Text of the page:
By Rebecca Phelps, Conservation Education Coordinator
Crystal clear cold winter days are best for adventures in Vermont State Parks. I plopped my 14 month old daughter in our backpack carrier and headed out on the trail at Gifford Woods State Park recently. We were greeted by the dark blue winter sky, pure white snow underfoot, and the greeters of winter forests in New England, a flock of black-capped chickadees.
Chickadees are friendly and curious birds. Because they check out everything in their home range, they are often the first birds that find new feeders. They seem very friendly because their curiosity extends to investigating human beings. Watching them has brightened many dull winter days.
When you think about bird watchers, your mind may conjure up the image of someone with binoculars around their neck, a notebook in one hand, a spotting scope in the other, and a well-worn Sibley Guide to Birds poking out of their back pocket. You may imagine an eccentric person who wakes up far too early to travel hundreds of miles to spot a new bird. If you take time to closely watch birds in their habitat, you will understand the enthusiasm for watching these avian animals.
Hiking through Gifford Woods that day, my daughter and I heard the distinctive calls of a flock of chickadees. We heard their call that sounds like "fee-bee" with the second note lower than the first. You can also commonly hear their distinctive "chickadee-dee-dee" call.
We heard those calls and decided to become bird watchers. This is what you need to do to take a close look at birds in their habitat. I looked for a low tree to stand under-we found a small spruce that provided some shelter. I began to make a "pssh....pssh...pssh..." noise with my mouth over and over, very quickly chickadees started flying in closer and closer.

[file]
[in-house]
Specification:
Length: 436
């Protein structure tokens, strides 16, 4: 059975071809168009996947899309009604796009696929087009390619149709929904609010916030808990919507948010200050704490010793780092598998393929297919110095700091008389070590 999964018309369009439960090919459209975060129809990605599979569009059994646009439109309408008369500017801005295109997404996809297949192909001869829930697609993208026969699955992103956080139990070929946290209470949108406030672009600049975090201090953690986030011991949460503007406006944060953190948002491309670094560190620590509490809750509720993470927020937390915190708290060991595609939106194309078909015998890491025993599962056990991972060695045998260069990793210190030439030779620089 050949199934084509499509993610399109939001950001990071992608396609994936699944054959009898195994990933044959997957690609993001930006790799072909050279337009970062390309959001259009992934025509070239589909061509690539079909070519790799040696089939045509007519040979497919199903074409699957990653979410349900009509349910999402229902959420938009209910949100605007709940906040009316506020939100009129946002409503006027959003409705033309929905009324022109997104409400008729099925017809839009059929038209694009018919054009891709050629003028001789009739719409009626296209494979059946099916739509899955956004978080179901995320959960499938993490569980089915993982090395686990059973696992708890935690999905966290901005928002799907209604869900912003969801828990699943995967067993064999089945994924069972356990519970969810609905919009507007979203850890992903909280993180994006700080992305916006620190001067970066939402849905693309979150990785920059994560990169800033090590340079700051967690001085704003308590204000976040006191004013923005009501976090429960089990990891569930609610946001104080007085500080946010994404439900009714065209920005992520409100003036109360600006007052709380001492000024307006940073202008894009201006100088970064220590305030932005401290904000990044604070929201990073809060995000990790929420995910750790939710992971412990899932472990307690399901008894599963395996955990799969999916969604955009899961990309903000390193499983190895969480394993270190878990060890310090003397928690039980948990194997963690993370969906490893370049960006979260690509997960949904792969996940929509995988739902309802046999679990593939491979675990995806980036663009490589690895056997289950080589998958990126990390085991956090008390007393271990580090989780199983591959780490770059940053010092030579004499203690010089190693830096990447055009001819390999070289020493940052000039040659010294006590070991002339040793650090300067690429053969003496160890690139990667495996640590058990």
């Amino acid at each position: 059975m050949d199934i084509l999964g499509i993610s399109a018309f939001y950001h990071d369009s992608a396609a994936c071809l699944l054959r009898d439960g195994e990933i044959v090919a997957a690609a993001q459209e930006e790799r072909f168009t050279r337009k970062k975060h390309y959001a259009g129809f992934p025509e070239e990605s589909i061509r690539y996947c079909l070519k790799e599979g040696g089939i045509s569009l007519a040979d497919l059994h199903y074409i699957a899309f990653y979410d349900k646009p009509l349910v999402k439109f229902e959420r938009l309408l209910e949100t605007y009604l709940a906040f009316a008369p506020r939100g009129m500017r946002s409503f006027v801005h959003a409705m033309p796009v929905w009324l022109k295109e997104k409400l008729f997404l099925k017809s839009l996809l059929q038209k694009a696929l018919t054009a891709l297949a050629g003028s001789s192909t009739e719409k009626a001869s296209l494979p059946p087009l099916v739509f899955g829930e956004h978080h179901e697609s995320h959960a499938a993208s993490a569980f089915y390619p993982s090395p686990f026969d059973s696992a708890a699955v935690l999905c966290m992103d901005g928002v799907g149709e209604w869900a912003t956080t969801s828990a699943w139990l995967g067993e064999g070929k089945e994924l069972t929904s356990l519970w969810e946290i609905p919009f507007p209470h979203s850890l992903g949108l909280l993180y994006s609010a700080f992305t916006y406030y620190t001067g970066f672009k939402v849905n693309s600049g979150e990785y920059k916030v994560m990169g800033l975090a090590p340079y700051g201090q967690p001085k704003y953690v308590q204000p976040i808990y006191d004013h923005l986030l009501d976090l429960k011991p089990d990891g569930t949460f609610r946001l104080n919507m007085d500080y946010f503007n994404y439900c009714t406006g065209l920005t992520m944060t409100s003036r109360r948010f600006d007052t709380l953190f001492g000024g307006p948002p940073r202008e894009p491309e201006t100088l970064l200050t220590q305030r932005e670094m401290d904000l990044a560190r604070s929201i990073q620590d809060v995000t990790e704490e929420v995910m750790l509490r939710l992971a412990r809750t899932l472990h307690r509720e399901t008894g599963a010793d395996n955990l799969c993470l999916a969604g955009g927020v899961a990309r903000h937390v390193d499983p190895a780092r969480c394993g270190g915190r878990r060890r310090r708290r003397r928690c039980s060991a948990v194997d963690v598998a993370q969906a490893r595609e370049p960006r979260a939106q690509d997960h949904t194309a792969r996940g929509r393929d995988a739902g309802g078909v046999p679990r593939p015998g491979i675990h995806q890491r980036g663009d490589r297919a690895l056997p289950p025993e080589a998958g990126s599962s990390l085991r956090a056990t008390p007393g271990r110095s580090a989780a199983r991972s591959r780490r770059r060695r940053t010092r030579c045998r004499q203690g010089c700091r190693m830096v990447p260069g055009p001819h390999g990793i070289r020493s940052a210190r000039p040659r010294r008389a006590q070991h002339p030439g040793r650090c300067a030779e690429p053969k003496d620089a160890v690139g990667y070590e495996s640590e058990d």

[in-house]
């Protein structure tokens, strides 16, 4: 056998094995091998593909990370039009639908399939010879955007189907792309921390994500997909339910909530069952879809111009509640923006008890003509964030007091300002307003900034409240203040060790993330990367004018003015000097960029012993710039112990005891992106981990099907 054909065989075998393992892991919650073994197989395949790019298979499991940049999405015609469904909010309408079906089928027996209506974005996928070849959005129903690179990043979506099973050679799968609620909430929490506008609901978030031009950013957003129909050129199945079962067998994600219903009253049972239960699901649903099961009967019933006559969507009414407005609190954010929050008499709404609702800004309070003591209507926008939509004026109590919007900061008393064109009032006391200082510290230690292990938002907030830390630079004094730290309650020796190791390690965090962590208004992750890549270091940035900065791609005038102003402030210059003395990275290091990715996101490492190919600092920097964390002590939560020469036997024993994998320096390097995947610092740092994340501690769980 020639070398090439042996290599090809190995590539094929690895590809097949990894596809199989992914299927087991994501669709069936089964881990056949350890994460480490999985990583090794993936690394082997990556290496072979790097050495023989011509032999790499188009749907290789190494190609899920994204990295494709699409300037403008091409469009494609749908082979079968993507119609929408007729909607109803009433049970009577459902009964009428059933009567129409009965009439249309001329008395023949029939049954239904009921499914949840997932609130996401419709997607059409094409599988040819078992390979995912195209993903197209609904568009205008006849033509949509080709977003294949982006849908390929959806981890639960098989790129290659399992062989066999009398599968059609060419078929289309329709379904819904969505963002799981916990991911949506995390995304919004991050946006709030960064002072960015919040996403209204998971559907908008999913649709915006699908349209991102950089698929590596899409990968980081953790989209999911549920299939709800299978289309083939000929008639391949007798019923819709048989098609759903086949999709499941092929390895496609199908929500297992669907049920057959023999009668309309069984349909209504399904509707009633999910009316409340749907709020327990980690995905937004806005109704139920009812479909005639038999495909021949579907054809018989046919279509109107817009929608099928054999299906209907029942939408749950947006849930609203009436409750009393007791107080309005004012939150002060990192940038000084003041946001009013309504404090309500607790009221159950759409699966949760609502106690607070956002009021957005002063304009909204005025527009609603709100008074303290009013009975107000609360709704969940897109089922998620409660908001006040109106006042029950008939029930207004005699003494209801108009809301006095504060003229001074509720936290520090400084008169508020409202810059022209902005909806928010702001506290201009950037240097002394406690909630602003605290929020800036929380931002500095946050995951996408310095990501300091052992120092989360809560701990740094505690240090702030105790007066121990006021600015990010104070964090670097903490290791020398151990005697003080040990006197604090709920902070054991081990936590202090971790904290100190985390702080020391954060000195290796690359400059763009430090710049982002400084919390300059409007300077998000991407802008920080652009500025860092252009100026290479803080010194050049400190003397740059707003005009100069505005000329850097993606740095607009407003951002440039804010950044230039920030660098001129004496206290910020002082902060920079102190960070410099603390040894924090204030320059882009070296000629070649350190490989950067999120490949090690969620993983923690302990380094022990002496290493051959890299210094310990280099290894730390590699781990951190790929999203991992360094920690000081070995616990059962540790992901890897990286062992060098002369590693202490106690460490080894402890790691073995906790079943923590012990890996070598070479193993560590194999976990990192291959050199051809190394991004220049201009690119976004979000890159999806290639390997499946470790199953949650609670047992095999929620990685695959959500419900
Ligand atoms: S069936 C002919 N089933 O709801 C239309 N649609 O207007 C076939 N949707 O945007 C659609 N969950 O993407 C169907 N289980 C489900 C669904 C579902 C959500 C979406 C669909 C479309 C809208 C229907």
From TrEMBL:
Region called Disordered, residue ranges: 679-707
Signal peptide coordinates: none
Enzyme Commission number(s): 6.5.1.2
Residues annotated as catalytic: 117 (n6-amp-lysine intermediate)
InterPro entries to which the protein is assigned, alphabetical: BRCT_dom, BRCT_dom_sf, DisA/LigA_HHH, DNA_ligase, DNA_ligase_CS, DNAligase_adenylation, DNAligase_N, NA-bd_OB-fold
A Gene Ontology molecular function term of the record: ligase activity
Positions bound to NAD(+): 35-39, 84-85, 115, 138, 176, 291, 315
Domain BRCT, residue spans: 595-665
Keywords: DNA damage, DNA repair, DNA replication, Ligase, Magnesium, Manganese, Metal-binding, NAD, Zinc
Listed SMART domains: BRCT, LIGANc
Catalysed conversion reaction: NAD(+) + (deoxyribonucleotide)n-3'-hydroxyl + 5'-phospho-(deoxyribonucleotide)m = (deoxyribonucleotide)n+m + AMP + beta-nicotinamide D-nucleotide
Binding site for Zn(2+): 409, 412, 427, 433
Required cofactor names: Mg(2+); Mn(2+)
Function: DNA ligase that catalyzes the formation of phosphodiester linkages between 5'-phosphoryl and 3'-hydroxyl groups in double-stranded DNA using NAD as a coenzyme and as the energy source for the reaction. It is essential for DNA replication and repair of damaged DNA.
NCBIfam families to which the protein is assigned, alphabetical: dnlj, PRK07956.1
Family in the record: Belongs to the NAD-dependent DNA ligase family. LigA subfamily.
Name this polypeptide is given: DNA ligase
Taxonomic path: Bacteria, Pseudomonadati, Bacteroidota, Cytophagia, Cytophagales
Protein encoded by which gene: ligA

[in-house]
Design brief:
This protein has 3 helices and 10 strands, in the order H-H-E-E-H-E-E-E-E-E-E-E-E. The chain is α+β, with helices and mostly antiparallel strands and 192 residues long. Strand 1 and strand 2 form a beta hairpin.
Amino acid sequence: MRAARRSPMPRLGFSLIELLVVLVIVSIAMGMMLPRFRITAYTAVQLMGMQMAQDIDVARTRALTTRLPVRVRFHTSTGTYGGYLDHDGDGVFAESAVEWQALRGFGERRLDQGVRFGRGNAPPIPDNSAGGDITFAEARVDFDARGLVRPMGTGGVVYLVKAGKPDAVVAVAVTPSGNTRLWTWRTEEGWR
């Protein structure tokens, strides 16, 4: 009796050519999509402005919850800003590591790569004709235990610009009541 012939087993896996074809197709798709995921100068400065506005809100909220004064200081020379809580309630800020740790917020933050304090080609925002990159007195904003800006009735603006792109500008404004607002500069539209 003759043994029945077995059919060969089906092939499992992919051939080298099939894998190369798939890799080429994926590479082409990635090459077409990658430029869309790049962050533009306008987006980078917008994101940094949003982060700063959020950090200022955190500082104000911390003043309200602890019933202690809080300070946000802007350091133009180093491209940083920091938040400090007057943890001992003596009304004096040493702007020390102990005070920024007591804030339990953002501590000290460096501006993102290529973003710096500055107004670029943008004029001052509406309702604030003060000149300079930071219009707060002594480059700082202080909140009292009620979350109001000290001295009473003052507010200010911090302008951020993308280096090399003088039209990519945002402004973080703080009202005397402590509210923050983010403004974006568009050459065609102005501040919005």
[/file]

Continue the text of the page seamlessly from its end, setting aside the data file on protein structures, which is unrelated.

Chickadees are our companions on winter days. They do not mind the cold, they stick around rather than migrate like some other birds. I love watching them fly closer and closer, calling back at me. The flock at Gifford Woods landed around us on the small spruce branches, calling back to me and to each other. There is nothing more thrilling for a young child than seeing wild animals close up. Actually, there is nothing more thrilling for an adult either!
Head out into the Vermont woods and look for these winter friends yourself. You will see chickadees in any habitat with woody shrubs and trees. Watch for them at your bird feeders or call them in close and get a really close up look at them. When you stop to watch them you will discover that they are mesmerizing to watch and delightful to listen to.
By: Ralph Waldo Emerson
Then piped a tiny voice hard by
Gay and polite, a cheerful cry
"Chicka-dee-dee!" saucy note
Out of a sound heart and merry throat
As if it said, "Good day, good sir!
Fine afternoon, old passenger!
Happy to meet you in these places
Where January brings few faces.